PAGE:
Wednesday, September 3, 2008


I park at the end of the street and drag my rolling paint box down the hill to the Willamette River. The tide is out. I head across the gravel bar toward a small blackberry island. Midway across the channel, the wind picks up, but back on shore the view that I want is blocked. So I set up as close to the berries as I can, trying to get a little shelter from the wind.
I struggle with my equipment. I have chosen to paint an 18 by 24, the largest piece I’ve ever done on location, but quite a bit of canvas for today’s wind. The easel is plenty stable with its legs spread to their widest, but the bottom canvas holder isn’t doing its job. I have to keep pushing the bottom of my canvas back in, and I worry that it will sail away.
The afternoon is enchanted. In September, the sun sinks behind the line of trees to my left, sending slanting shadows across the riverbank, backlighting the maples. A hint of clouds lights the horizon, promising an interesting sunset. "Paint first what will change the fastest," I have been taught. It is all changing ridiculously fast. I block in the shore first, hoping to set the patterns of slanting light. Orange light in the distant shore, golden sunlit trees.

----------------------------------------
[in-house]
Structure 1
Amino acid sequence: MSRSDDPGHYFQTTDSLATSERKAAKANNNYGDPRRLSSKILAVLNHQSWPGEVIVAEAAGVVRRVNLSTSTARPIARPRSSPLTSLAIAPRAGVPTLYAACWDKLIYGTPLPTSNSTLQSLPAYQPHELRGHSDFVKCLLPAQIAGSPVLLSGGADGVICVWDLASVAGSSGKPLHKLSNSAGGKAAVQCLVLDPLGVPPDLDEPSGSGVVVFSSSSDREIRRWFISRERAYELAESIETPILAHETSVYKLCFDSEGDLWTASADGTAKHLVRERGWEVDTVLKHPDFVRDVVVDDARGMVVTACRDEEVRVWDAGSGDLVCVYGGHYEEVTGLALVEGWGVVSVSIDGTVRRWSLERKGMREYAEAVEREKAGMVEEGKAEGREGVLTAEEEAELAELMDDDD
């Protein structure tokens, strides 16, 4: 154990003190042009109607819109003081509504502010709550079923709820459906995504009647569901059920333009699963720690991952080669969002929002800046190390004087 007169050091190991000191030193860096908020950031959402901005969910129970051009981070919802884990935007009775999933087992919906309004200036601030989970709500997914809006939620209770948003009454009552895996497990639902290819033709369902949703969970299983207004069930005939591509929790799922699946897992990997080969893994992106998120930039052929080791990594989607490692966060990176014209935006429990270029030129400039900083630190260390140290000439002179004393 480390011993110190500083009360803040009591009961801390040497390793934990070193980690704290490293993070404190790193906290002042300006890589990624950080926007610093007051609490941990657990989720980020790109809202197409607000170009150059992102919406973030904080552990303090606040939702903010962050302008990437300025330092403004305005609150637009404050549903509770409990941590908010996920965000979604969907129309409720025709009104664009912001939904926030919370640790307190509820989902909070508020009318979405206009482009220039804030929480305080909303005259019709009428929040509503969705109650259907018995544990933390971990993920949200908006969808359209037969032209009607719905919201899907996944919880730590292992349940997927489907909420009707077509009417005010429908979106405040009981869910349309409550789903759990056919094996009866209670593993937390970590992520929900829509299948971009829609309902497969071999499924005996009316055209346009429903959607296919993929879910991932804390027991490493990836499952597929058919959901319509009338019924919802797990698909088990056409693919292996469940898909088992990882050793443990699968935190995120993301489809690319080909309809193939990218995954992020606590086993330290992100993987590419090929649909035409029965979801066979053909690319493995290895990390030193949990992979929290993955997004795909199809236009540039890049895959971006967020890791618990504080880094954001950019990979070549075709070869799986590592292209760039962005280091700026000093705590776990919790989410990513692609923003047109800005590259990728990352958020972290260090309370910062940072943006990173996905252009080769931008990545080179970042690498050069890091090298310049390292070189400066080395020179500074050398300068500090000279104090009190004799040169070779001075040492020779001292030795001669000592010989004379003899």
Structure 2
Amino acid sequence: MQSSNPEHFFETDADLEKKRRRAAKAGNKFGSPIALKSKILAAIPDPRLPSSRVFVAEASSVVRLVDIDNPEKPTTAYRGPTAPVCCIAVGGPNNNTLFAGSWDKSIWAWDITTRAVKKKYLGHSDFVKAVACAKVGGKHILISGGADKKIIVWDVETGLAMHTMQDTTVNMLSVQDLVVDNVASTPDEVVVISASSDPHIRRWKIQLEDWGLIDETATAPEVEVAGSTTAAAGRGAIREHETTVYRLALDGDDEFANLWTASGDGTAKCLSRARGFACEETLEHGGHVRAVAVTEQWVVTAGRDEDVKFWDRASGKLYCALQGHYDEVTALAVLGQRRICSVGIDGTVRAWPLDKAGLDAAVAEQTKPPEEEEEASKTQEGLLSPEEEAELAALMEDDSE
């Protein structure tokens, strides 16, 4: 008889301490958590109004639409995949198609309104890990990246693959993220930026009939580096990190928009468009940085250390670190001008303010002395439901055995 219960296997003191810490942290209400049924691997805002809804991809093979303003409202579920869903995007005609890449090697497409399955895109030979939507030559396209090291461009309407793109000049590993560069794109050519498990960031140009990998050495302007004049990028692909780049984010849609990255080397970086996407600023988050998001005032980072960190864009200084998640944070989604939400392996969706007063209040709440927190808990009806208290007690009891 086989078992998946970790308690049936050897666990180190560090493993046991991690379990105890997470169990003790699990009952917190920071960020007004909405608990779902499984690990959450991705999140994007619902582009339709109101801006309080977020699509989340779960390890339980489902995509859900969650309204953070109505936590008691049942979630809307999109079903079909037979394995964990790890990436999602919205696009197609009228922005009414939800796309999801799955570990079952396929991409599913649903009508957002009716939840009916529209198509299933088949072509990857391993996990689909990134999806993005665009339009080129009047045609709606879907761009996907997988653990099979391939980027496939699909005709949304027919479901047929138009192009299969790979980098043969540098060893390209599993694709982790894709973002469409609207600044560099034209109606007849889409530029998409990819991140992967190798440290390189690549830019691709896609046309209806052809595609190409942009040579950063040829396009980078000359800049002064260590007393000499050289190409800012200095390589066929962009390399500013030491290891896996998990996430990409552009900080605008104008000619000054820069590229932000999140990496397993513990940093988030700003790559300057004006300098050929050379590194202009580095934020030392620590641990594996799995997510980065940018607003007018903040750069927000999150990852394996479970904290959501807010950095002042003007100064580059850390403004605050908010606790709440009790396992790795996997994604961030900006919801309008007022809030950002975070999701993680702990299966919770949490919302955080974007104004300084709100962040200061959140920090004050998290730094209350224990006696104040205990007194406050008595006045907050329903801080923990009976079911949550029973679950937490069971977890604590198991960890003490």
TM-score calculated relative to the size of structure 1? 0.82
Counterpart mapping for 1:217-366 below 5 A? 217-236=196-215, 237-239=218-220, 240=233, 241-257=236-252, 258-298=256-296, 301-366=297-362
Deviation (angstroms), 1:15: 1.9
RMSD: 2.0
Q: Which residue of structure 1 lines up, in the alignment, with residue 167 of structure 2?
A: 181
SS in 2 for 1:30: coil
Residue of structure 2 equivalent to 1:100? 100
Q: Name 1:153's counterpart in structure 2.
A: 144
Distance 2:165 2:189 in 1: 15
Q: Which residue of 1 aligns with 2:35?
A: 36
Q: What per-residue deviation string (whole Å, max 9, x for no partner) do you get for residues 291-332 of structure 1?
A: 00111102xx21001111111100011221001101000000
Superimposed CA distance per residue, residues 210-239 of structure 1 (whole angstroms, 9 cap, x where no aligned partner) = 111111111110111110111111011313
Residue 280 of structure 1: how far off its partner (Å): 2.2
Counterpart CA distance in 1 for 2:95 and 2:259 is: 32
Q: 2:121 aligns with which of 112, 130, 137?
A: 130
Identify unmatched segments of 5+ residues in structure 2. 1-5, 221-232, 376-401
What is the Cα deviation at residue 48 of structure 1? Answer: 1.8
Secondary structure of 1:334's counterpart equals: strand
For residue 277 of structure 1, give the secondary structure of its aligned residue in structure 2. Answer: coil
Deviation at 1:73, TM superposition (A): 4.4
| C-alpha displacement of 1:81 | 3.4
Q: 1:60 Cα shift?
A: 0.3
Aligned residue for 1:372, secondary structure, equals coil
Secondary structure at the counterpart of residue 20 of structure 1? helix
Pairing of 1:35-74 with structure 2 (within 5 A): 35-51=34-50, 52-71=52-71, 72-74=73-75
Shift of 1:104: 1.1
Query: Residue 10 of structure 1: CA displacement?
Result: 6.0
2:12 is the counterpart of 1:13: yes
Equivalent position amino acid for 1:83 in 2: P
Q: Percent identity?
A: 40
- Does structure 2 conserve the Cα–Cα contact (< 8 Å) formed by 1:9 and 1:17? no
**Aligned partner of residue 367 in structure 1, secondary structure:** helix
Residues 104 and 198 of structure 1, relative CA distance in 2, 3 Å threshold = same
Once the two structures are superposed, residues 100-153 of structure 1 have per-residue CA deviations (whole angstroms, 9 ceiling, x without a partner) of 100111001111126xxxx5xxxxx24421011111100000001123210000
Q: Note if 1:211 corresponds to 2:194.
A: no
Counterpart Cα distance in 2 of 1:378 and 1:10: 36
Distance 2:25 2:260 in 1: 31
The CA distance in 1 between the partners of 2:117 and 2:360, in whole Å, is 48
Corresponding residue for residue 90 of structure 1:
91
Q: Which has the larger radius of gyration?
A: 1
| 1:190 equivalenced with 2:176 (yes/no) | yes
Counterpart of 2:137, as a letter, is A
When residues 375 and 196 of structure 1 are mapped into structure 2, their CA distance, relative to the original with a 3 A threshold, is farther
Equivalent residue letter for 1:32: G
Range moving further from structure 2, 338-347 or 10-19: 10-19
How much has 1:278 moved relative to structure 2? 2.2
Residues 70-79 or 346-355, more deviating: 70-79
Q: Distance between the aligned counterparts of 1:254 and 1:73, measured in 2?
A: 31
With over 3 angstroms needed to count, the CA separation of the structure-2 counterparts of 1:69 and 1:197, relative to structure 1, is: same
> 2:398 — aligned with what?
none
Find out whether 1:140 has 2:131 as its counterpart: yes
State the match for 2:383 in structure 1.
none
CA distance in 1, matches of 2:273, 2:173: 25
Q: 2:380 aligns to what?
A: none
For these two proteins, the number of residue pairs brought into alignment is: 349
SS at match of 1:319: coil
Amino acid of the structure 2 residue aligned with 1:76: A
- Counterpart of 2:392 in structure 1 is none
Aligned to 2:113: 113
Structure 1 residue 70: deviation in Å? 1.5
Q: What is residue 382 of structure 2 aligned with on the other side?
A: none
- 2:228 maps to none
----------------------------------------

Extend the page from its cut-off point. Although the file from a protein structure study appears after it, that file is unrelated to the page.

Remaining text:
A heavy splash in the river ahead: an osprey has caught a fish. It climbs to my right, over the trees and away from the sun. Two teen-aged boys arrive on bicycles, watch for a while, then take off after blackberries.
The sky fills with color. The clouds that I could barely see are now declaring themselves in yellow and orange. I block in the sky and settle into a rhythm, finding colors, adding them in wet into wet.
I am putting finishing touches on the painting when I look toward the path I came down. Oops. The tide came in while I wasn’t paying attention. There’s no rolling my box back across, and the water is deepening fast. I whip out my cell phone for help, then frantically pack my stuff. When Rick arrives, we carry my box across the inlet of knee-deep water. Ah, the sacrifices we make for art!

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